Never sell yourself short!! But no matter what you hear about writing, it’s your work, your brand and business. Run it with a tight fist and protect it. You’ll make your way on your own and in your own way. Don’t let these crazy myths derail you. And don’t let these crazy myths make you crazy. They are just that, myths. The reality of this business can be a lot more difficult but also a lot of fun. As writing should be. It’s storytellers sharing their love of fantasy, magical places, hot heroes and kick-ass heroines who make the job so much more enjoyable.

Ditch the myths and pick up the pens!

Until next week, happy writing.

Kacey xoxo

Oh, and because it’s Hump Day. Let’s enjoy a couple Hump Day Hotties.

(pix of Charlie Hunnam aka King Arthur & Tom Ellis aka Lucifer found on Pinterest)

2 thoughts on “Pesky Writing Myths #WickedWednesday @KaceyHammell

  1. All absolutely true. Bravo.
    I’d add “Writers write what they know.” There are lots of topics I’ve had to learn about when writing, like personal training, interior design, law, how long it takes to get advanced degrees, riding motorcycles and buying a new motorcycle (ended up using that one with my nephew and helped him too), and 1000 other topics.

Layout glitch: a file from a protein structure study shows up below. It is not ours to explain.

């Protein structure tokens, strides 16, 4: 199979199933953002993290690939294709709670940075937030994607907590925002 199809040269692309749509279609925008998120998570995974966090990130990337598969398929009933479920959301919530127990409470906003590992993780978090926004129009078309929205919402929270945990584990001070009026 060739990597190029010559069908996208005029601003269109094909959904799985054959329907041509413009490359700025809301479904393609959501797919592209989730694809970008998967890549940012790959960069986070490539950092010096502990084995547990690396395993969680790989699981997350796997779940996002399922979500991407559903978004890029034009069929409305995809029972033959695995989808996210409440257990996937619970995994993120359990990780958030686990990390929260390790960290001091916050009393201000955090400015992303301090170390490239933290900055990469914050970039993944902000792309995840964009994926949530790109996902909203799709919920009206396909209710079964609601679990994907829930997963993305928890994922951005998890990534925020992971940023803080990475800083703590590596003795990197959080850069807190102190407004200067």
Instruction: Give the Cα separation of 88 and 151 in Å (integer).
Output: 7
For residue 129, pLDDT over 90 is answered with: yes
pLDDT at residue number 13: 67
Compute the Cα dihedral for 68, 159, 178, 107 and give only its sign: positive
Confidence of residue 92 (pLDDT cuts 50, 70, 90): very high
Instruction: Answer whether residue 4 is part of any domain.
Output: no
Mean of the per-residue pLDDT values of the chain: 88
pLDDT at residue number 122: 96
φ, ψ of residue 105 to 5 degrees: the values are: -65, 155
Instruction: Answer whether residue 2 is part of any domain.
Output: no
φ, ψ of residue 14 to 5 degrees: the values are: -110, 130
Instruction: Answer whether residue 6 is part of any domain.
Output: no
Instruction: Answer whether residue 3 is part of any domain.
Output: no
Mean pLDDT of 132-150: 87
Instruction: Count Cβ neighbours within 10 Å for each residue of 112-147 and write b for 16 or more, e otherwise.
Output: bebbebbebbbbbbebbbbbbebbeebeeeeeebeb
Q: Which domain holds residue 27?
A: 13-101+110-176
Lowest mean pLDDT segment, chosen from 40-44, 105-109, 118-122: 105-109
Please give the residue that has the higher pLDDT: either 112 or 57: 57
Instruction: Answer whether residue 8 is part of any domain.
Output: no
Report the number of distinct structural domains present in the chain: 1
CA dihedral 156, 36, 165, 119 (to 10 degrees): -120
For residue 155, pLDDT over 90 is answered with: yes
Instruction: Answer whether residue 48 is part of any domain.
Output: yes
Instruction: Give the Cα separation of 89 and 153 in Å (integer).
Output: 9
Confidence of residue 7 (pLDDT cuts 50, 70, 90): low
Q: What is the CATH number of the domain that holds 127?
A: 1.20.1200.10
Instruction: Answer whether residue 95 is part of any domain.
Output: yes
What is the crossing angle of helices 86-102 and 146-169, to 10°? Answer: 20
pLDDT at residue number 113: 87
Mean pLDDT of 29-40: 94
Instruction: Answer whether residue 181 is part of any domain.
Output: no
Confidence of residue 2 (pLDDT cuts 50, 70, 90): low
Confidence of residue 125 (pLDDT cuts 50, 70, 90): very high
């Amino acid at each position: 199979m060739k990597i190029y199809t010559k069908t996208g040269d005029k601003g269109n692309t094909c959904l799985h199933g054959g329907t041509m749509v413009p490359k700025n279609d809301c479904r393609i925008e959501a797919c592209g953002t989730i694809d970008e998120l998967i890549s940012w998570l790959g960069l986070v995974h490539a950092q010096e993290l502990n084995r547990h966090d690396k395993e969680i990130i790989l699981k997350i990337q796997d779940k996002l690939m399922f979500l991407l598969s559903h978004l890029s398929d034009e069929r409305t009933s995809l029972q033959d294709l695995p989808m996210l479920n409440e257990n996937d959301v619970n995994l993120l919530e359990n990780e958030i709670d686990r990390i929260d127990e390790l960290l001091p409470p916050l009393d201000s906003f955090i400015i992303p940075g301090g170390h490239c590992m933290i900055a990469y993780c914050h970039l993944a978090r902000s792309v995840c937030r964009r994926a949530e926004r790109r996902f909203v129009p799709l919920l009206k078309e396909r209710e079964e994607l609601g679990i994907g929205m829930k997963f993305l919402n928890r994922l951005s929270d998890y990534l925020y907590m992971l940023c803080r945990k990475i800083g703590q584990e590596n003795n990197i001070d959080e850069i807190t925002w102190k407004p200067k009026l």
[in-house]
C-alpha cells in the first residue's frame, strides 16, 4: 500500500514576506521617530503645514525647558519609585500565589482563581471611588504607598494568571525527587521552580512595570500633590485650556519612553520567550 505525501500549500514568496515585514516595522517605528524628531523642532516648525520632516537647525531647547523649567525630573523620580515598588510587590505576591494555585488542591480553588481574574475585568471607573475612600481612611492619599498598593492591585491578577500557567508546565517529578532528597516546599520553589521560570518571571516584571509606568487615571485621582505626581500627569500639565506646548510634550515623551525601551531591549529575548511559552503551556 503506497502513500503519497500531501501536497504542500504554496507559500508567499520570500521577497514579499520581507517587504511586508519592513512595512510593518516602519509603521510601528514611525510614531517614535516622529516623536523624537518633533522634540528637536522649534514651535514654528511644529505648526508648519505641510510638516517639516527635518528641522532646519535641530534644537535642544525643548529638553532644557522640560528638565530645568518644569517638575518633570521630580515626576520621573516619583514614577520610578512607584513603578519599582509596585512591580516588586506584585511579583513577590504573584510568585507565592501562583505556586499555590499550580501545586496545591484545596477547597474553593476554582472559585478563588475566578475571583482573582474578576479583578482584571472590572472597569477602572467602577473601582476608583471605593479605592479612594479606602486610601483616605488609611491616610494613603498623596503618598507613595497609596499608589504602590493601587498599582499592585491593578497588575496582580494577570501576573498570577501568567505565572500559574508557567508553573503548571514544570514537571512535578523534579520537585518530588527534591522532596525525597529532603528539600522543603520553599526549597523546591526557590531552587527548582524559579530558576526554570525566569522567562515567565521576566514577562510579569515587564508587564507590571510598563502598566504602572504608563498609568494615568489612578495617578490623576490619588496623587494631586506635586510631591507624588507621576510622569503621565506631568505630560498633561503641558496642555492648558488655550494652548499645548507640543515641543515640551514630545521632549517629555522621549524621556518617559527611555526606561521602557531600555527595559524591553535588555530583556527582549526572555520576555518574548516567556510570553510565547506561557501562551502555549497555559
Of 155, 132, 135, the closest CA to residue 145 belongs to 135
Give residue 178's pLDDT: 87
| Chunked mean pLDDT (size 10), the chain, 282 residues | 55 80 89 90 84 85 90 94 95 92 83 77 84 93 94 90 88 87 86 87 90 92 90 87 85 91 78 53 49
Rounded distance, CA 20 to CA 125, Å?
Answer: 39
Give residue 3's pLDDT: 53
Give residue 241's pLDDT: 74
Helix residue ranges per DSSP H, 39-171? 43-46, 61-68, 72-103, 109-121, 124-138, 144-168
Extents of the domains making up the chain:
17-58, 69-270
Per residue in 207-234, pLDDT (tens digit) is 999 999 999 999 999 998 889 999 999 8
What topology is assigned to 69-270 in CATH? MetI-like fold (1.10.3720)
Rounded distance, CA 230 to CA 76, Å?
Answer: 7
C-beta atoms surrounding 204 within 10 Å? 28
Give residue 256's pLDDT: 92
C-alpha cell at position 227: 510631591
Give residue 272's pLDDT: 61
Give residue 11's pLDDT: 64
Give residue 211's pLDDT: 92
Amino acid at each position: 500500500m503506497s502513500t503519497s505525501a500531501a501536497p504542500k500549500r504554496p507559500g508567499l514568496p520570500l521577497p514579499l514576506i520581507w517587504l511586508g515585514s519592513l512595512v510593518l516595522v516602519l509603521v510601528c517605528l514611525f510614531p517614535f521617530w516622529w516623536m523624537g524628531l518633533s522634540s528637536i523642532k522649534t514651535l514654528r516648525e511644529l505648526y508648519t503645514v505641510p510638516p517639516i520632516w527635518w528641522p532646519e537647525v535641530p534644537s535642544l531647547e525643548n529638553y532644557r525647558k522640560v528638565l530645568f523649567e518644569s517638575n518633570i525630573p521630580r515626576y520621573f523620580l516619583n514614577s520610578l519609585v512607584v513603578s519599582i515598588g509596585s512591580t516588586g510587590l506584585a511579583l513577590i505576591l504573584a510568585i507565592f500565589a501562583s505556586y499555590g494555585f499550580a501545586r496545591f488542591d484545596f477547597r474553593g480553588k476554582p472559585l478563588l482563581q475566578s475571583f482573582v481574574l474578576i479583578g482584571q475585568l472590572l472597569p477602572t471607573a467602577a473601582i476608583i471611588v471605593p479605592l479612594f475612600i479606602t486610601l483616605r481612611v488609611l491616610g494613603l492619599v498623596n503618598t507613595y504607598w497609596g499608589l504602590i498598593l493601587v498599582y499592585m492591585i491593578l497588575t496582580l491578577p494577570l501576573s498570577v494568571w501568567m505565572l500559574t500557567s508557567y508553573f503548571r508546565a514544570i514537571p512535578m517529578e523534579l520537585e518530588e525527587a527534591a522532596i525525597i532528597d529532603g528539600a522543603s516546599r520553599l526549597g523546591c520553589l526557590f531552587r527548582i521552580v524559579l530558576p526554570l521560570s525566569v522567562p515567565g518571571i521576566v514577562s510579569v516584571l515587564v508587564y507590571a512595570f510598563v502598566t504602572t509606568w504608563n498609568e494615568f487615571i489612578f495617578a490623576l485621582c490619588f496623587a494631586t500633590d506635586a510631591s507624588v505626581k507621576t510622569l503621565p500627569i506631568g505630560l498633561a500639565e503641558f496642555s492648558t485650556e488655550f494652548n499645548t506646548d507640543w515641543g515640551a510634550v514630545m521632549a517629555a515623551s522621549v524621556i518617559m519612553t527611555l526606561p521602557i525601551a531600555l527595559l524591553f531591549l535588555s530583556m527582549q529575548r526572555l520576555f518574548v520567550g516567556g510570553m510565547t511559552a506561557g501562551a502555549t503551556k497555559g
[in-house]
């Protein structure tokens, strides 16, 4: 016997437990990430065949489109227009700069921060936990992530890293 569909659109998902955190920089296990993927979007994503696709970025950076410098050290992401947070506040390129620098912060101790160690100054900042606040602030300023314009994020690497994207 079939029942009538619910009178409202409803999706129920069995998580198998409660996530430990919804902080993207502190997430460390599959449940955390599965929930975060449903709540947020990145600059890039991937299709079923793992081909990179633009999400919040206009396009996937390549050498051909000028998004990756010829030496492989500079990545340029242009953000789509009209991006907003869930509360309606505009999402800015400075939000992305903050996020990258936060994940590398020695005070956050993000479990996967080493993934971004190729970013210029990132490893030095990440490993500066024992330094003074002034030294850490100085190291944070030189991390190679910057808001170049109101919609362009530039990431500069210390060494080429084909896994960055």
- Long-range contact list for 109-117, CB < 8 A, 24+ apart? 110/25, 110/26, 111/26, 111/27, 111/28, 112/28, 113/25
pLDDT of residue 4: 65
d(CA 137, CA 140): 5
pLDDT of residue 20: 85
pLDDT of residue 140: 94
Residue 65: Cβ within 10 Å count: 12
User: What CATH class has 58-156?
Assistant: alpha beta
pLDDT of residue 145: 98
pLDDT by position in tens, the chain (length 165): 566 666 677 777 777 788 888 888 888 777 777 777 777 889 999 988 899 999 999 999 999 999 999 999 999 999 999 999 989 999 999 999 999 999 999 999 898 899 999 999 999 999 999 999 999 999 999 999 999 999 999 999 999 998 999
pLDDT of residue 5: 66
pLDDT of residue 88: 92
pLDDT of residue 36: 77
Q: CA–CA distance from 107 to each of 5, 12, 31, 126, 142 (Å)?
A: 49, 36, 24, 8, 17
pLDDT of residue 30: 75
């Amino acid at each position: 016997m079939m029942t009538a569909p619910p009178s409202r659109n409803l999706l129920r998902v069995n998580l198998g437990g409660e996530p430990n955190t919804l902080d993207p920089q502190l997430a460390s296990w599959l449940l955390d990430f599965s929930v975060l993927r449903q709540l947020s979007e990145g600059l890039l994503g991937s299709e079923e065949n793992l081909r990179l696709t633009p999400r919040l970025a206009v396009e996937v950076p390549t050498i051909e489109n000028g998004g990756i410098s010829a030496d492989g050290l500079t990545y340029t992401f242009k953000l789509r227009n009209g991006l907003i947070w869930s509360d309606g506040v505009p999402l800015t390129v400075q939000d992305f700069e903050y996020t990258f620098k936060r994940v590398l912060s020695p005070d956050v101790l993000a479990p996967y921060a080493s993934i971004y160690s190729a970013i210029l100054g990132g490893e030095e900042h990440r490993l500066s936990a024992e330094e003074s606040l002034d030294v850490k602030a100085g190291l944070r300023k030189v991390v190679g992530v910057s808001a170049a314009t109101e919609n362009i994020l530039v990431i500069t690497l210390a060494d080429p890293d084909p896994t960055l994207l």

The one that blows my mind is law and laws. When writing fiction, sure there are some things we have leeway with and can “make up”, like weather, character habits/personalities, company names, etc. BUT the sky (unless you’re writing sci-fi or dystopian, etc) is blue. The sun rises in the east. And law follows rules that are set by courts in reality. You cannot have a murderer going free on technicalities that have no basis in law. It’s poor craftsmanship and doesn’t show your readership respect. It is our jobs to make sure that reality still exists in our writing so we’re not disseminating information where someone might say “I bet he’ll be released from jail on that murder charge. I once read a book where the character was.”
    Just my two cents, made me think. Thanks, Kacey!

    Liked by 1 person